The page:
…”There is only one reason for declines in the price of gold and it is the exact opposite of the only reason that gold prices go up.”
Prepared by Lorimer Wilson, editor of munKNEE.com – Your KEY To Making Money!
[Editor’s Note: This version* of the original article by Kelsey Williams has been edited ([ ]), restructured and abridged (…) by 45% for a FASTER – and easier – read. Please note: This complete paragraph must be included in any re-posting to avoid copyright infringement.]
- assume that somewhat higher gold prices over the past several weeks are at least partially attributable to money fleeing stocks and moving into gold. Some investors may have acquired gold with proceeds from the sale of stocks but there is no correlation between lower stock prices and higher gold prices. (see Gold vs. Stocks: Ratios Do Not Imply Correlation)…
- think that a weakening economy will somehow translate to higher gold prices. It won’t.
- [think that it is based on]…the direction of interest rates…[but they have] no impact on the price of gold.
- [think the] fear of a credit implosion is another reason…[to] expect higher prices for gold. Wrong again. A credit collapse would wipe out trillions of dollars of worthless debt and clip asset prices of stocks, bonds, real estate, commodities, and gold by anywhere from 50% to 90%. There would be less dollars available for use – to have and to hold – and with which to purchase the goods and services that we need and want….The remaining dollars would be more valuable, however. They…[would] purchase more than they would before the collapse. However, there…[would] be less of them to go around.
- Trade tariffs? No.
- World War III? No.
It is all about the U.S. dollar. Declines in the price of gold are a reflection of increasing strength in the U.S. dollar. In other words, the price of gold reflects inversely the strength or weakness of the U.S. dollar.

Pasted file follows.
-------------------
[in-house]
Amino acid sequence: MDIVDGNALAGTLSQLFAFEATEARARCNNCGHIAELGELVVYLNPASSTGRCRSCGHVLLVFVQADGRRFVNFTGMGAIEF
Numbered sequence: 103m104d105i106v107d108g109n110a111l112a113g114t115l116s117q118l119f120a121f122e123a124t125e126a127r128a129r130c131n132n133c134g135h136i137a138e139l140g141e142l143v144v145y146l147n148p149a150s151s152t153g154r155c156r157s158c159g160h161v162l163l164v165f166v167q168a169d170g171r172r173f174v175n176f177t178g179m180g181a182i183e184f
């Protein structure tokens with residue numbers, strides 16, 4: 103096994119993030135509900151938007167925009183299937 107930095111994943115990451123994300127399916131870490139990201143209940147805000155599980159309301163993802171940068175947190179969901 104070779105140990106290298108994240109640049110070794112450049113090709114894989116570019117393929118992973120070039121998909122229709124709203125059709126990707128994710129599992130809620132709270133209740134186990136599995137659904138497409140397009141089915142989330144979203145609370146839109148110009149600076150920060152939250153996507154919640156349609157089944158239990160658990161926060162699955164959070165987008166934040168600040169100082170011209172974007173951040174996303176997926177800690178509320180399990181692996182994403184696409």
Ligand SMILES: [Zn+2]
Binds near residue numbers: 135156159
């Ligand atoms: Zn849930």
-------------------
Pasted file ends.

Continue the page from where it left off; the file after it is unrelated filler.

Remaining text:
- If you think the dollar is about to tank then move your dollars into gold – but don’t expect to get rich. The worse it gets for the dollar, the more you will need gold just to survive…
- If you think the U.S. dollar will remain relatively stable, or even increase in value as a result of deflation, then don’t expect higher prices for gold.
…If the dollar were to increase in value significantly, [however,] just how low might the price of gold go?
- [Well,] as you can see in the chart below, there is a long-term, forty-eight year uptrend in gold’s price dating back to December 1970 when gold was priced at $36.00 per [troy] ounce. If gold’s price were to decline back to that uptrend line within the next couple of years, then the price range indicated is roughly between $850-1,000.00 per [troy] ounce.
Gold Prices – 100 Year Historical Chart
That may sound distressing to some, but it could be a lot worse.
2. The chart below is the same one-hundred year history on an inflation-adjusted basis. The possible downside target changes to somewhere between $550-600.00 per [troy] ounce.
How low can gold go? A lot lower than most want to admit. Under reasonably normal conditions, maybe $850.00-900.00 per ounce. ($850.00 was the January 1980 high point.)…
There are several scenarios but there is only one thing you need to focus on – the U.S. dollar.
- If the dollar heads lower and accelerates its long-term decline, then the price of gold will reflect that by moving higher.
- If, on the other hand, the dollar continues to stabilize and strengthen, then gold’s price will reflect that by moving lower.
My best guess for 2019 – stronger dollar, lower gold prices (also see The Case For Gold Is Not About Price).”
(*The author’s views and conclusions are unaltered and no personal comments have been included to maintain the integrity of the original article. Furthermore, the views, conclusions and any recommendations offered in this article are not to be construed as an endorsement of such by the editor.)
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A note from Lorimer Wilson, owner/editor of munKNEE.com – Your KEY to Making Money!:
“Illness necessitates that I spend less time on this unique & successful site so: